From asthma to heart disease, inflammation fuels countless diseases. It also increases as we age, explaining why growing old brings on so many ailments. But this doesn’t mean inflammation cannot be prevented! By avoiding certain foods, you can control inflammation.
Sometimes, the benefits will crop up soon after eliminating pro-inflammatory foods. Some of the ailments that can be avoided in this way include inflammatory bowel disease and food sensitivities.1 2 In other cases, fighting inflammation helps you over time, as in the development of cancer.
So, do yourself a favor and ditch these pro-inflammatory foods before you even begin to get unwanted symptoms. You’ll be so glad you did.
1. Added Sugar
There are zero perks to added sugar. It leads to weight gain, tooth decay, and – you guessed it – inflammation. When you eat sugar, proteins called cytokines act up. Pro-inflammatory cytokines increase, while anti-inflammatory cytokines decrease. Consequently, inflammation thrives.3
The average American already eats 22 teaspoons of added sugar a day, which is 22 teaspoons too much! And most of this comes from sugar-sweetened drinks like soda and bottled juices. Processed snacks, pastries, and cereals are also high in added sugar.4
2. Artificial Sweeteners
OK, so you’ve cut out added sugars. Should artificial sweeteners take their place? According to a 2014 study in the journal Nature, they’re not any better.
Glucose intolerance can increase after just 1 week of eating artificial sweeteners. The gut responds by releasing chemicals that spark inflammation, just like it does after sugar overdose.5 Artificial sweeteners are also linked to weight gain, which puts your body in a constant state of inflammation.6
3. Refined Starches
When a starch is refined, all the “good stuff” is removed. Fiber, a nutrient that increases satiety and reduces cholesterol, is the first to go. What’s left is a food that encourages inflammation. These refined starches are, in fact, on the list of foods that increase pro-inflammatory cytokines.7 Examples include white bread, white pasta, white rice, and processed cereals.
4. Store-Bought Condiments
Most condiments have sugar and artificial sweeteners, making them two-time offenders. Often, they’re also packed with artificial dyes, sodium, and preservatives.8 And with this, inflammation will flourish.
Look for sauces and dressings with low sodium or no added salt and sugar. When possible, make your own. Also, don’t forget the power of spices and herbs.
5. Red Meat
Red meat might be rich in protein, but its proinflammatory effect isn’t worth it. A high intake increases C-reactive protein, an inflammatory biomarker. Glucose metabolism also takes a hit.
No wonder red meat consumption is linked to type 2 diabetes, heart disease, and cancer, three inflammatory diseases.9 10 It’s a solid reason to trade red meat for lean protein like skinless poultry, fish, or beans.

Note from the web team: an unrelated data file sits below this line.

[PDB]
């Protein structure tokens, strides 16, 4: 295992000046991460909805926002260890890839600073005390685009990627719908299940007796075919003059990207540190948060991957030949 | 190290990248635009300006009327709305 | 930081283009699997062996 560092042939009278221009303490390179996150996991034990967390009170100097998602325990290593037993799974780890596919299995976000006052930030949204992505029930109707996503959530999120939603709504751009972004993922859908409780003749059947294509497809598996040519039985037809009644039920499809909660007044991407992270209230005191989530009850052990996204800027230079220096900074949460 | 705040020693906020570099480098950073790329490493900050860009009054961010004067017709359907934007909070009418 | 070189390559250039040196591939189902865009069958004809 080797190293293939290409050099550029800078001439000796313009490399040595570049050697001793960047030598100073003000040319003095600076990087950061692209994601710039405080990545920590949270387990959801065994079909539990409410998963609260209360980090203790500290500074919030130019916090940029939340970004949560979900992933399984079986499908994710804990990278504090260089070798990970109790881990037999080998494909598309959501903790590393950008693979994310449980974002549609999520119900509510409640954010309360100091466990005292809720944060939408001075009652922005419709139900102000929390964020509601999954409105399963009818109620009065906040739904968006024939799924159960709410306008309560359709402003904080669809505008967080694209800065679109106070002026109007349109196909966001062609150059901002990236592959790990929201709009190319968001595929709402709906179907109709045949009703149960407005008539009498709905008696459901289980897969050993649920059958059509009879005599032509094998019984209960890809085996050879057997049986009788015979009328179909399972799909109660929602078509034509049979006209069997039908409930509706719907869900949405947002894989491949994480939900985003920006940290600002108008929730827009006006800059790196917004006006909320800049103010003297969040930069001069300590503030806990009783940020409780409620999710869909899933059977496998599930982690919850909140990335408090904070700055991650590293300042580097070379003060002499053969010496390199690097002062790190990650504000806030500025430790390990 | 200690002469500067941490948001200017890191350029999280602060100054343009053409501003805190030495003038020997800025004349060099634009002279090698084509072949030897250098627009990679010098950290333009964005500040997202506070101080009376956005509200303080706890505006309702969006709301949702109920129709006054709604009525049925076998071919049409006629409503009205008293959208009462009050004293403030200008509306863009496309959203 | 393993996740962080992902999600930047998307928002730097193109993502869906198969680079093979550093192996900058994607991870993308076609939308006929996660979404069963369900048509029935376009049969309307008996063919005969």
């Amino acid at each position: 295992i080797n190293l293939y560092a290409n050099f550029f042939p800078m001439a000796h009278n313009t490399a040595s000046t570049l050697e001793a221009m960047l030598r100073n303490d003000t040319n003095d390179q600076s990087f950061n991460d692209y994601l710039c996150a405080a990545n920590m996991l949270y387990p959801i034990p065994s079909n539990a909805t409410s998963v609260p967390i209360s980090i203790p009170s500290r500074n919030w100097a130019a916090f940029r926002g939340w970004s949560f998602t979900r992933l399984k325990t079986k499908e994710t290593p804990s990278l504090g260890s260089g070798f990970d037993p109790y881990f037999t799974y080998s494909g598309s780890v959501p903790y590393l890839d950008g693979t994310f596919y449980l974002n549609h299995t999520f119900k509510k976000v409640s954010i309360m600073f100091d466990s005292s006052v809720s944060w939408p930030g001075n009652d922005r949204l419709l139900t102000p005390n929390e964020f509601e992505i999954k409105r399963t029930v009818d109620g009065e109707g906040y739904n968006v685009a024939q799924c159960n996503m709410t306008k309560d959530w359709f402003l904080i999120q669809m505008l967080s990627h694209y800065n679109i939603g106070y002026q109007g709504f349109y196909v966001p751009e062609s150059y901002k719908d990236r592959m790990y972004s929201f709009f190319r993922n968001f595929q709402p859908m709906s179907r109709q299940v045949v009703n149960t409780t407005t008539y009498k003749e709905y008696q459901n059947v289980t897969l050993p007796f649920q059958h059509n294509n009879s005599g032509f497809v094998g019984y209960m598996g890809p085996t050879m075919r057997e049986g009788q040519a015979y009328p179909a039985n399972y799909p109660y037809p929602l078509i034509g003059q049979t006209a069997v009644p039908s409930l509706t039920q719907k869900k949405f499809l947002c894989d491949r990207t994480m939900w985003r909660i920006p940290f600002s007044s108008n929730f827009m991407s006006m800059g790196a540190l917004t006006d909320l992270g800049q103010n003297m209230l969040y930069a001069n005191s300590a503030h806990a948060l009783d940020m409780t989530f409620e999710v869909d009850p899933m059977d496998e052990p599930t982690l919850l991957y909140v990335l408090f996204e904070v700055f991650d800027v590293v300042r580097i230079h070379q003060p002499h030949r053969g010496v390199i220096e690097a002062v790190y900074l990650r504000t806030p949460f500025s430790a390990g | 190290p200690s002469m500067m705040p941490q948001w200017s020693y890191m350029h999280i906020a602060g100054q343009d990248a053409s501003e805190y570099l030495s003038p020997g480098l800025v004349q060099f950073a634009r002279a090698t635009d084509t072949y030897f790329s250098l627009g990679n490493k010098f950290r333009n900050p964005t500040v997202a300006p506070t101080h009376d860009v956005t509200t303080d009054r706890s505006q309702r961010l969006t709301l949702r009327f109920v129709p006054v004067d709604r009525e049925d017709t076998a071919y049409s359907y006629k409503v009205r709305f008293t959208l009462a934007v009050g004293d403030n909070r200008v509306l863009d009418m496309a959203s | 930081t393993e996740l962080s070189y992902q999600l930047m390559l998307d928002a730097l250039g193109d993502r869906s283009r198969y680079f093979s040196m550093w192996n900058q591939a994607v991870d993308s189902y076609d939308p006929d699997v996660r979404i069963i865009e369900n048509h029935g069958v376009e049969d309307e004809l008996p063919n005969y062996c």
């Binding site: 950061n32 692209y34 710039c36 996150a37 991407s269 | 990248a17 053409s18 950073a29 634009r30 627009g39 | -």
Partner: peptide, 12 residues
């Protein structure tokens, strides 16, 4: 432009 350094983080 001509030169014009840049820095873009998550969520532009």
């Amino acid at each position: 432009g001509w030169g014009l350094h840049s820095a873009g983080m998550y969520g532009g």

Foods That Prevent Inflammation
Now that you know what to avoid, reach for these anti-inflammatory foods. You’ll get protection from both inflammation and oxidative stress.
- Whole grains such as brown rice, quinoa, whole wheat bread, and wheat pasta
- Omega-3 fatty acids through fatty fish, avocado, and olive oil
- Fresh fruits and vegetables
According to the Journal of the American College of Cardiology, these foods “cool” inflammation. On the other hand, the typical Western diet of refined starches, sugar, and saturated fat make it worse.11 It really proves the power of food.
|↑1||What is inflammatory bowel disease (IBD)? Centers for Disease Control and Prevention.|
|↑2||Jenny, Nancy S. “Inflammation in aging: cause, effect, or both?.” Discovery medicine 13, no. 73 (2012): 451-460.|
|↑3, ↑7, ↑11||Giugliano, Dario, Antonio Ceriello, and Katherine Esposito. “The effects of diet on inflammation.” Journal of the American College of Cardiology 48, no. 4 (2006): 677-685.|
|↑4||Added Sugar in the Diet. Harvard T.H. Chan, School of Public Health.|
|↑5||Suez, Jotham, Tal Korem, David Zeevi, Gili Zilberman-Schapira, Christoph A. Thaiss, Ori Maza, David Israeli et al. “Artificial sweeteners induce glucose intolerance by altering the gut microbiota.” Nature 514, no. 7521 (2014): 181-186.|
|↑6||Azad, Meghan B., Ahmed M. Abou-Setta, Bhupendrasinh F. Chauhan, Rasheda Rabbani, Justin Lys, Leslie Copstein, Amrinder Mann et al. “Nonnutritive sweeteners and cardiometabolic health: a systematic review and meta-analysis of randomized controlled trials and prospective cohort studies.” Canadian Medical Association Journal 189, no. 28 (2017): E929-E939.|
|↑8||Healthier Condiments. American Heart Association.|
|↑9||Samraj, Annie N., Oliver MT Pearce, Heinz Läubli, Alyssa N. Crittenden, Anne K. Bergfeld, Kalyan Banda, Christopher J. Gregg et al. “A red meat-derived glycan promotes inflammation and cancer progression.” Proceedings of the National Academy of Sciences 112, no. 2 (2015): 542-547.|
|↑10||Ley, Sylvia H., Qi Sun, Walter C. Willett, A. Heather Eliassen, Kana Wu, An Pan, Fran Grodstein, and Frank B. Hu. “Associations between red meat intake and biomarkers of inflammation and glucose metabolism in women.” The American journal of clinical nutrition (2014): ajcn-075663.|